Simply weave over/under the spokes, when you get to a corner, you will "mitre" the reed, simply fold it over itself so the opposite side is up. Continue weaving over/under. Make the fold or right angle at each corner. You must select a "nice" piece of reed as two sides of the basket will have the right side out, two sides will have the wrong side out. However, since it is on the base, it is not that important.
This is also called a "locking row".

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Singe a Basket

A: To singe baskets is a method of removing reed hairs from a basket after it is finished. Using a lighter or other small torch or flame, move the flame around the basket to singe or burn up hairs. Brush your hand over the sides of the basket to knock off the burnt hairs. Hold the flame above the basket so you do not blacken the basket. It is recommended that you wet or mist the basket prior to singeing, the hairs will dry first and this will lessen the chance of burning the basket itself. Always stain your baskets AFTER you singe them, esp if you are using an oil based or flammable stain. Weavers have lost entire kitchens because their stained basket caught on fire.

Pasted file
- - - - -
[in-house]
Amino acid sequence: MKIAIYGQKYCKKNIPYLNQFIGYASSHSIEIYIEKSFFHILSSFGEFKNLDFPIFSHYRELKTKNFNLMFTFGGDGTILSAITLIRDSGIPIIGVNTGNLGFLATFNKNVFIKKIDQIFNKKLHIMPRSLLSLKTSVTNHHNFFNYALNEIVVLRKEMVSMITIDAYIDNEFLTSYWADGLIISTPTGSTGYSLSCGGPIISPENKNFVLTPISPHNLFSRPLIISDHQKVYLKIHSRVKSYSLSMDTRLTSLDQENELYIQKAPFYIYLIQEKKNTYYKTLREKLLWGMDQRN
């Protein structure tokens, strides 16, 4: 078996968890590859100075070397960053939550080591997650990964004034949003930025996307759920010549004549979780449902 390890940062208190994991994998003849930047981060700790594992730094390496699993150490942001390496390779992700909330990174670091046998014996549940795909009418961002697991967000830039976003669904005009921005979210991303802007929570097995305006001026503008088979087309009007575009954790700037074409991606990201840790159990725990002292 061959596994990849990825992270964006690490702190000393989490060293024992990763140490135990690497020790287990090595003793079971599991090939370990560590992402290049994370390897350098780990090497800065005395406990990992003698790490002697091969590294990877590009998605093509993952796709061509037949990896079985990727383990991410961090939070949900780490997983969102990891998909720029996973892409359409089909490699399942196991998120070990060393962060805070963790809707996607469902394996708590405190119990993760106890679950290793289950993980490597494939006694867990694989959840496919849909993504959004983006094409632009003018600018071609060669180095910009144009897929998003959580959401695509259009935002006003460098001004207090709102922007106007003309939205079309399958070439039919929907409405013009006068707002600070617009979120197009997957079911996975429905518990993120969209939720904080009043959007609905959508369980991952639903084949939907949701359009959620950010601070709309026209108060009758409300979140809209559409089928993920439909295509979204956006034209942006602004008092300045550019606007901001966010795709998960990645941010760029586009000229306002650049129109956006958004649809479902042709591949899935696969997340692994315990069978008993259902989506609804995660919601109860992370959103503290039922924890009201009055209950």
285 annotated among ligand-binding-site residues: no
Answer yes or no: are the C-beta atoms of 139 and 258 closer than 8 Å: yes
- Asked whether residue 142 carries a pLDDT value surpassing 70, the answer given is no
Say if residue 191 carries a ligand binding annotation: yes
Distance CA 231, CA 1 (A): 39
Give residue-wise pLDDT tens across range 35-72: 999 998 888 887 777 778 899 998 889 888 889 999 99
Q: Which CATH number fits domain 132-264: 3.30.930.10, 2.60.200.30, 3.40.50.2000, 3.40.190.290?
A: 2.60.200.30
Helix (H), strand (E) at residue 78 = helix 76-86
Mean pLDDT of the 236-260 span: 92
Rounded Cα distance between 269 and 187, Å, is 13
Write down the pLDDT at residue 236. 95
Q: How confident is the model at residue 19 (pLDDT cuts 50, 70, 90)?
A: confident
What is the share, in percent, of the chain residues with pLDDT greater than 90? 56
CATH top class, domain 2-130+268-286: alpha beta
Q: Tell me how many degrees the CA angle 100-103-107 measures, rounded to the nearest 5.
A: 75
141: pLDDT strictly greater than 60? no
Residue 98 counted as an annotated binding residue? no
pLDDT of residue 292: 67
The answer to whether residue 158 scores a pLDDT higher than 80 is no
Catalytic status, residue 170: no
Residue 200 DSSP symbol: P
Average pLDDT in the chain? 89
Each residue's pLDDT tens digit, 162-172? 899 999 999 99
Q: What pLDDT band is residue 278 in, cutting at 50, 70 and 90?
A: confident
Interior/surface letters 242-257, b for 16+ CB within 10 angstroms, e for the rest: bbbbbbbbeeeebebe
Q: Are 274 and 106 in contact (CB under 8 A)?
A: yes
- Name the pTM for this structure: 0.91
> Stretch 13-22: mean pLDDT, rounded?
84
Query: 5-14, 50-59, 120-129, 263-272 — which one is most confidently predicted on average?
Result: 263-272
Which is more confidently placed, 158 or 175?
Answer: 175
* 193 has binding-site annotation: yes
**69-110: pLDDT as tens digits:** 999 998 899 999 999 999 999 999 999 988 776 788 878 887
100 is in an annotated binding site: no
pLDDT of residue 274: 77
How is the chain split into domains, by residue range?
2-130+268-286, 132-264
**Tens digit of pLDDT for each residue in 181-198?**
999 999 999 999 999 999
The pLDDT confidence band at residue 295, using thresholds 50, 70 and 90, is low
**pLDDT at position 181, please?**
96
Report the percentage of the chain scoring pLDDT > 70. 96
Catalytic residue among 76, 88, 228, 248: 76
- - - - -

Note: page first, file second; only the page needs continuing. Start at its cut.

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Triple Twine or Three Rod Wale

A: To triple twine, take any 3 spokes of your basket and lay 1 weaver behind each of them with about 1/2" tail inside. Mentally label these spokes, from the left, 1, 2, & 3. Hold them in place with three fingers of your left hand while you get started. With your right hand, take the weaver that is behind spoke #1, lay it in front of #2 & #3, go behind #4 and bring it out to the front.
You now have 3 weavers out again and they have moved 1 spoke to the right. Go back to the original spoke #2, bring that weaver in front of #3 & #4, behind #5 and out to the front. Continue around the basket, always taking the weaver that is on the far left, in front of 2 spokes, behind 1 spoke and back out to the front.
There will always be 3 weavers coming from behind 3 spokes next to each other (one weaver per space between the spokes).

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Paper Catalog:
Click here to see and print the pdf version of our paper catalog.
New products are added to the secure online catalog as they arrive.
Please keep the Country Seat Courier newsletters as they contain new products and any changes to the print catalog. You can always read the current and past 6 months Country Seat Courier Newsletters online at our Newsletter Page
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If you have any questions please e-mail us at weaving@countryseat.com.

The Country Seat, Inc.
Basketry, Gourd Weaving & Chair Seating Supplies
1013 Old Philly Pike
Kempton, Pennsylvania 19529-9321 USA
Phone: 610-756-6124
e-mail: weaving@countryseat.com
Fax: 610-756-0088
web site: www.countryseat.com